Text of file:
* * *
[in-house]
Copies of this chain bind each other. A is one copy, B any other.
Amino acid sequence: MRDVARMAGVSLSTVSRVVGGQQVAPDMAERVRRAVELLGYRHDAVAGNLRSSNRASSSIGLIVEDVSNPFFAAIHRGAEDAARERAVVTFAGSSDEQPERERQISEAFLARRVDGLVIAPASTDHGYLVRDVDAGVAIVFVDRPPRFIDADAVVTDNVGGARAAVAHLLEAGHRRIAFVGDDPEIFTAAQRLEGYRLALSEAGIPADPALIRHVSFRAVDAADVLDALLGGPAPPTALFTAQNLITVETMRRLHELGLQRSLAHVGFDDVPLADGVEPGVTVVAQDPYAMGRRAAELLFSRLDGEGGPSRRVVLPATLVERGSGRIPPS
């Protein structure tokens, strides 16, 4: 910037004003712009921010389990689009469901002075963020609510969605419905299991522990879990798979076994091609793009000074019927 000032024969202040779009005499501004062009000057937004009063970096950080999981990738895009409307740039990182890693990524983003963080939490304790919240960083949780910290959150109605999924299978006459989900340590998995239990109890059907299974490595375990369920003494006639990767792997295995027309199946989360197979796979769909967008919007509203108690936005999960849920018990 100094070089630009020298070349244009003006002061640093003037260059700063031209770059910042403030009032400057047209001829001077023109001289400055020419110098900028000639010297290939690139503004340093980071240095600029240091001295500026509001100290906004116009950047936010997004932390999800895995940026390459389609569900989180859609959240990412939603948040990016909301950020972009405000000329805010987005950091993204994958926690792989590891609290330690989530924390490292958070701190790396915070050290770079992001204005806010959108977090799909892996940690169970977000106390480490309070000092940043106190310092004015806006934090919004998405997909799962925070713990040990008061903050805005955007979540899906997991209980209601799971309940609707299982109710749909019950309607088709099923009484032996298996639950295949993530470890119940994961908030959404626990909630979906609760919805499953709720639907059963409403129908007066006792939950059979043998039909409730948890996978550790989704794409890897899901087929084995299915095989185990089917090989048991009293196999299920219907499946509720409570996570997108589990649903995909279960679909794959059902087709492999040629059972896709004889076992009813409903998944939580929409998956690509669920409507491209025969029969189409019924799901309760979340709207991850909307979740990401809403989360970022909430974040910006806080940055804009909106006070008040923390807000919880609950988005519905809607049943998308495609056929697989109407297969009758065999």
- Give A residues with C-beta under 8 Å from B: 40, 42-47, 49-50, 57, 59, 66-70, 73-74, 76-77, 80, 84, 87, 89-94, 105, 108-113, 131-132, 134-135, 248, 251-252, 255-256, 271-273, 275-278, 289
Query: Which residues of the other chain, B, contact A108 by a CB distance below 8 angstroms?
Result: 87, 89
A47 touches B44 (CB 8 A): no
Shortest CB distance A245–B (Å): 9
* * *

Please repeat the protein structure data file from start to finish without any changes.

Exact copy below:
[in-house]
Copies of this chain bind each other. A is one copy, B any other.
Amino acid sequence: MRDVARMAGVSLSTVSRVVGGQQVAPDMAERVRRAVELLGYRHDAVAGNLRSSNRASSSIGLIVEDVSNPFFAAIHRGAEDAARERAVVTFAGSSDEQPERERQISEAFLARRVDGLVIAPASTDHGYLVRDVDAGVAIVFVDRPPRFIDADAVVTDNVGGARAAVAHLLEAGHRRIAFVGDDPEIFTAAQRLEGYRLALSEAGIPADPALIRHVSFRAVDAADVLDALLGGPAPPTALFTAQNLITVETMRRLHELGLQRSLAHVGFDDVPLADGVEPGVTVVAQDPYAMGRRAAELLFSRLDGEGGPSRRVVLPATLVERGSGRIPPS
């Protein structure tokens, strides 16, 4: 910037004003712009921010389990689009469901002075963020609510969605419905299991522990879990798979076994091609793009000074019927 000032024969202040779009005499501004062009000057937004009063970096950080999981990738895009409307740039990182890693990524983003963080939490304790919240960083949780910290959150109605999924299978006459989900340590998995239990109890059907299974490595375990369920003494006639990767792997295995027309199946989360197979796979769909967008919007509203108690936005999960849920018990 100094070089630009020298070349244009003006002061640093003037260059700063031209770059910042403030009032400057047209001829001077023109001289400055020419110098900028000639010297290939690139503004340093980071240095600029240091001295500026509001100290906004116009950047936010997004932390999800895995940026390459389609569900989180859609959240990412939603948040990016909301950020972009405000000329805010987005950091993204994958926690792989590891609290330690989530924390490292958070701190790396915070050290770079992001204005806010959108977090799909892996940690169970977000106390480490309070000092940043106190310092004015806006934090919004998405997909799962925070713990040990008061903050805005955007979540899906997991209980209601799971309940609707299982109710749909019950309607088709099923009484032996298996639950295949993530470890119940994961908030959404626990909630979906609760919805499953709720639907059963409403129908007066006792939950059979043998039909409730948890996978550790989704794409890897899901087929084995299915095989185990089917090989048991009293196999299920219907499946509720409570996570997108589990649903995909279960679909794959059902087709492999040629059972896709004889076992009813409903998944939580929409998956690509669920409507491209025969029969189409019924799901309760979340709207991850909307979740990401809403989360970022909430974040910006806080940055804009909106006070008040923390807000919880609950988005519905809607049943998308495609056929697989109407297969009758065999």
- Give A residues with C-beta under 8 Å from B: 40, 42-47, 49-50, 57, 59, 66-70, 73-74, 76-77, 80, 84, 87, 89-94, 105, 108-113, 131-132, 134-135, 248, 251-252, 255-256, 271-273, 275-278, 289
Query: Which residues of the other chain, B, contact A108 by a CB distance below 8 angstroms?
Result: 87, 89
A47 touches B44 (CB 8 A): no
Shortest CB distance A245–B (Å): 9